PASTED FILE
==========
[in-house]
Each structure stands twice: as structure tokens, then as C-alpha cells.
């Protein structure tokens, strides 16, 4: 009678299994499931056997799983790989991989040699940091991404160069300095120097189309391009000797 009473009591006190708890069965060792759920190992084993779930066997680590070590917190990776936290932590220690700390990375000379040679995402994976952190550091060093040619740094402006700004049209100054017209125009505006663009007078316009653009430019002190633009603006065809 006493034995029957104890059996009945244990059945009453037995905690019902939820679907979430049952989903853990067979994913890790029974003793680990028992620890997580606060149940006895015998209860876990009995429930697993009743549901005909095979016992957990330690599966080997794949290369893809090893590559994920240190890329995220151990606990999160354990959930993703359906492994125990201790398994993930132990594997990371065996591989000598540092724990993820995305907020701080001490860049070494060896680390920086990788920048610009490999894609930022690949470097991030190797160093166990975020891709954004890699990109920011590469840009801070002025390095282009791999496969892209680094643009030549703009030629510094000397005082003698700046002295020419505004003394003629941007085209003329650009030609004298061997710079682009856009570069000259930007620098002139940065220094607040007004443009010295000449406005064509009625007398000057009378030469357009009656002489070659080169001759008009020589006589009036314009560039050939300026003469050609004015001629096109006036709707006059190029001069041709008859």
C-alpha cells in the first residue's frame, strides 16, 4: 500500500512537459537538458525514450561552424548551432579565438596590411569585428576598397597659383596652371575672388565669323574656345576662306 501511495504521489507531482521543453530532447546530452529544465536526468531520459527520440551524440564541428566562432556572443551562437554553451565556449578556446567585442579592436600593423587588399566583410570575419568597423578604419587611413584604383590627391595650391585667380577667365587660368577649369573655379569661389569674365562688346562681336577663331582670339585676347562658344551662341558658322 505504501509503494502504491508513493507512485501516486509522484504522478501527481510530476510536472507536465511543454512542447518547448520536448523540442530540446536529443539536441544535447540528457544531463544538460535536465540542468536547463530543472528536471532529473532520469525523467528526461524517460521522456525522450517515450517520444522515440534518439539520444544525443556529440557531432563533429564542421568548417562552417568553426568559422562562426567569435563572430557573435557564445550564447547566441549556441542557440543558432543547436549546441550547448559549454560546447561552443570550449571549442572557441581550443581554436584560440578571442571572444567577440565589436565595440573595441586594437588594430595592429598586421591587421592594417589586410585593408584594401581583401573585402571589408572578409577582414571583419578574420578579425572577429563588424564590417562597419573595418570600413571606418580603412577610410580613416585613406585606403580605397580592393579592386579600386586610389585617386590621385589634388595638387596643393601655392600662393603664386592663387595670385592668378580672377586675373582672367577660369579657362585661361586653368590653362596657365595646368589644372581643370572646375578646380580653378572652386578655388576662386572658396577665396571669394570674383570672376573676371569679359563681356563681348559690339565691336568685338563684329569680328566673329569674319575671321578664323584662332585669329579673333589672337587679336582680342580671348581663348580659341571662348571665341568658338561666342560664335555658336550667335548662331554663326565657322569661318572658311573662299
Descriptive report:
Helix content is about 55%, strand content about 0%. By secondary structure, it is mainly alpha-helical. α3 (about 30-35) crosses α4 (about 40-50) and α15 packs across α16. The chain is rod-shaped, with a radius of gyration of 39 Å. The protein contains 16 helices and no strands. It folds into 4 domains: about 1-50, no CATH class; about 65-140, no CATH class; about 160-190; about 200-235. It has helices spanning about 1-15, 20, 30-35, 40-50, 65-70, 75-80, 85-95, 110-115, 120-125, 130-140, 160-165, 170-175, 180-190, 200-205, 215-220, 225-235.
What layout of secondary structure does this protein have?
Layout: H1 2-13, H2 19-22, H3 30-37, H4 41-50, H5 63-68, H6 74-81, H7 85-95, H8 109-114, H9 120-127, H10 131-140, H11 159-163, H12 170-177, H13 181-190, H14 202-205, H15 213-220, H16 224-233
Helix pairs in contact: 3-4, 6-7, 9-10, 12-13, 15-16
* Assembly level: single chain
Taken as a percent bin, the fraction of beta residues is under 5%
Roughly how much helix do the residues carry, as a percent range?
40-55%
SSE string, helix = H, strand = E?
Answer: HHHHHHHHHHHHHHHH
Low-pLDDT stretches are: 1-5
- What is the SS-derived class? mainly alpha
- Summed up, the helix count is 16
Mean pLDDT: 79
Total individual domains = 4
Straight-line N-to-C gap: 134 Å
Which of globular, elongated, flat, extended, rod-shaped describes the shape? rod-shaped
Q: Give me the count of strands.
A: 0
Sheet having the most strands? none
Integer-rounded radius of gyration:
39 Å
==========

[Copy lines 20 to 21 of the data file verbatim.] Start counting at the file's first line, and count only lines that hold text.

Total individual domains = 4
Straight-line N-to-C gap: 134 Å